- Commence an action for “specific performance.” Specific performance is a cause of action which, if successful, will require the seller to convey title to the property to the purchaser. It is a lawsuit that forces the sale without any damages. Typically, purchaser’s counsel will file a “notice of pendency” against the property (if the property is a condominium or house) which will prevent the seller from selling the property to a third person until the dispute is settled. Unfortunately, for a co-op purchase, because the sale involves shares of stock and a proprietary lease, the purchaser cannot file a notice of pendency. This alternative is unfortunately time consuming and costly for a purchaser. By the time a lawsuit is started and a lawyer has been retained, a significant amount of time may pass and expense incurred frustrating such an action.
For a seller, the remedy is quite simple: cancel the contract and retain the down payment. While this may sound simple, it is not. Most contracts require the seller’s attorney to notify the purchaser’s attorney that the seller has demanded the release of the down payment held in escrow by seller’s counsel. The contract further provides that purchaser’s counsel must respond within 10 days of receipt of the demand letter by rejecting the release of the down payment. If purchaser’s counsel fails to respond to the demand letter, the down payment can be released to the seller. If however the purchaser’s counsel rejects the demand letter, the deposit cannot be released to the seller and must be held in escrow by the seller’s attorney until either both parties agree to the release or if a party is successful in a lawsuit. The down payment can be held up indefinitely until an action is commenced by the seller to keep the down payment or an action is commenced by the purchaser to retrieve the down payment.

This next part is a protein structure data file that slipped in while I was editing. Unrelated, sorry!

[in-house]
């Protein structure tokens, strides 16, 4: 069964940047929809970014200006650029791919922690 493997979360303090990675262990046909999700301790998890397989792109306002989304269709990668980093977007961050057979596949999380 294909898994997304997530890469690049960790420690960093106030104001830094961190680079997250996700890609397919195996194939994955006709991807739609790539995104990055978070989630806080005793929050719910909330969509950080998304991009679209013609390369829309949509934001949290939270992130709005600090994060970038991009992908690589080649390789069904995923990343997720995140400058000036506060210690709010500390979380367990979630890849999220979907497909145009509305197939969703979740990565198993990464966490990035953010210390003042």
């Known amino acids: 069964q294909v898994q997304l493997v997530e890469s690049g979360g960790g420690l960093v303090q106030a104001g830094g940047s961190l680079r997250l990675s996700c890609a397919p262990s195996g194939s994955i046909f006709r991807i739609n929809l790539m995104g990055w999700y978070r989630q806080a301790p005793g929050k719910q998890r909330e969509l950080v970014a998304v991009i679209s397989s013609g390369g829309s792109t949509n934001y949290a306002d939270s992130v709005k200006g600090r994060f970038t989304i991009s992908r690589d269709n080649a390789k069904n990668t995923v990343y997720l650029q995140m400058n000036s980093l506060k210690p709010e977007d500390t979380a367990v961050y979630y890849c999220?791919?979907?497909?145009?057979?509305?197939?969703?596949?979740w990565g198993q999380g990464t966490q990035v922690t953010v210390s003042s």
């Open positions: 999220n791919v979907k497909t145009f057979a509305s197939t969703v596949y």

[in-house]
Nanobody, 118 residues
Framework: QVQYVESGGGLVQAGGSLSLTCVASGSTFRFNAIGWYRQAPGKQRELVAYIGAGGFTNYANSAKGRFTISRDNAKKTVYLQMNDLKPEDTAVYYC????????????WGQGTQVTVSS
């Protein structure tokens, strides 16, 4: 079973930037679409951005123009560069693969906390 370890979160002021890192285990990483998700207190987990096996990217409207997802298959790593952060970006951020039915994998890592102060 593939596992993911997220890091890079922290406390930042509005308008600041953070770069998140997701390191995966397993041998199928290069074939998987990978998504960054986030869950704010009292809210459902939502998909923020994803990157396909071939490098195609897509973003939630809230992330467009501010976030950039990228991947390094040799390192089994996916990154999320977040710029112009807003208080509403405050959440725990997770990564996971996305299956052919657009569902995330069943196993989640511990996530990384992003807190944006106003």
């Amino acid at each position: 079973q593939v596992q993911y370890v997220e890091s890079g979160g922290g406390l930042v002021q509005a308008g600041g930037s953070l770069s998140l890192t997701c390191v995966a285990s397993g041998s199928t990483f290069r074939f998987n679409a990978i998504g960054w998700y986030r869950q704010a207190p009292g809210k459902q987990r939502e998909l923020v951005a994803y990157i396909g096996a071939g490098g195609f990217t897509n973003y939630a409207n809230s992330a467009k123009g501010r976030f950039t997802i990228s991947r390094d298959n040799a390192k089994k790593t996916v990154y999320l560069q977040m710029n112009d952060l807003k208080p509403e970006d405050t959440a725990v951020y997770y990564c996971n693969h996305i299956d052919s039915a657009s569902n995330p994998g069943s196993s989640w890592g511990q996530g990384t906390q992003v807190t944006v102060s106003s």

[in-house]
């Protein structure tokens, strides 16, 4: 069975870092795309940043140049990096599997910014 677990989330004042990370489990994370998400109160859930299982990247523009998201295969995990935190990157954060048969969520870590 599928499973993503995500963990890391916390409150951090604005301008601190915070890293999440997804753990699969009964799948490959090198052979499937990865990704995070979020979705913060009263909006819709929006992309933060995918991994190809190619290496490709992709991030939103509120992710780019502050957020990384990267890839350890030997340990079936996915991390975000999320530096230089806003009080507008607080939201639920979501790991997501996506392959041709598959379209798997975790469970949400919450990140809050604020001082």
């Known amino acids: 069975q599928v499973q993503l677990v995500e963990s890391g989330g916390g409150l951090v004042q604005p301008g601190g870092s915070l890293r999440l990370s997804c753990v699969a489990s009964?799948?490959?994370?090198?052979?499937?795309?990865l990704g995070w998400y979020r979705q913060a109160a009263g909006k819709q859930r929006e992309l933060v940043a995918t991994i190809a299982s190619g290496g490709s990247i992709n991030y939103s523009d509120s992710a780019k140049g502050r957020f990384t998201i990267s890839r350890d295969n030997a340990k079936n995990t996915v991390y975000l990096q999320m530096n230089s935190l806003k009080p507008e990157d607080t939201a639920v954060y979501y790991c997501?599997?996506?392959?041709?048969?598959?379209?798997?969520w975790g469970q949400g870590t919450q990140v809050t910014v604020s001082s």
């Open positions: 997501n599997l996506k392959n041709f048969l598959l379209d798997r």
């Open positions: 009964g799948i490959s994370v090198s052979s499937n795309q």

Courts abhor the forfeiture of a down payment and will generally be sympathetic to a purchaser who may be in danger of losing substantial deposits. Any ambiguity regarding a parties intention will cause the court to find that time was not of the essence.
If a purchaser is on the receiving end of a time of essence clause in a contract or in a letter, counsel must be acutely aware of any factors that could prevent the client from closing on the law day. If the parties will be unavailable on the closing date, a power of attorney should be obtained and cleared by the title company, lender and the co-op managing agent, if applicable. The power of attorney should also grant authority for another person to act as attorney in fact in the event the designated attorney in fact is unavailable.
Lastly, it is important for the parties to keep accurate notes and documentation supporting the facts and circumstances underlying the close date. A party who is damaged by the failure of the other to close must be prepared to prove that he or she has or has not incurred any meaningful costs or been otherwise prejudiced in any manner.
*DISCLAIMER – Nothing herein is offered as legal advice. All information in this article is for informational purposes only. Please consult with an attorney before taking any legal actions.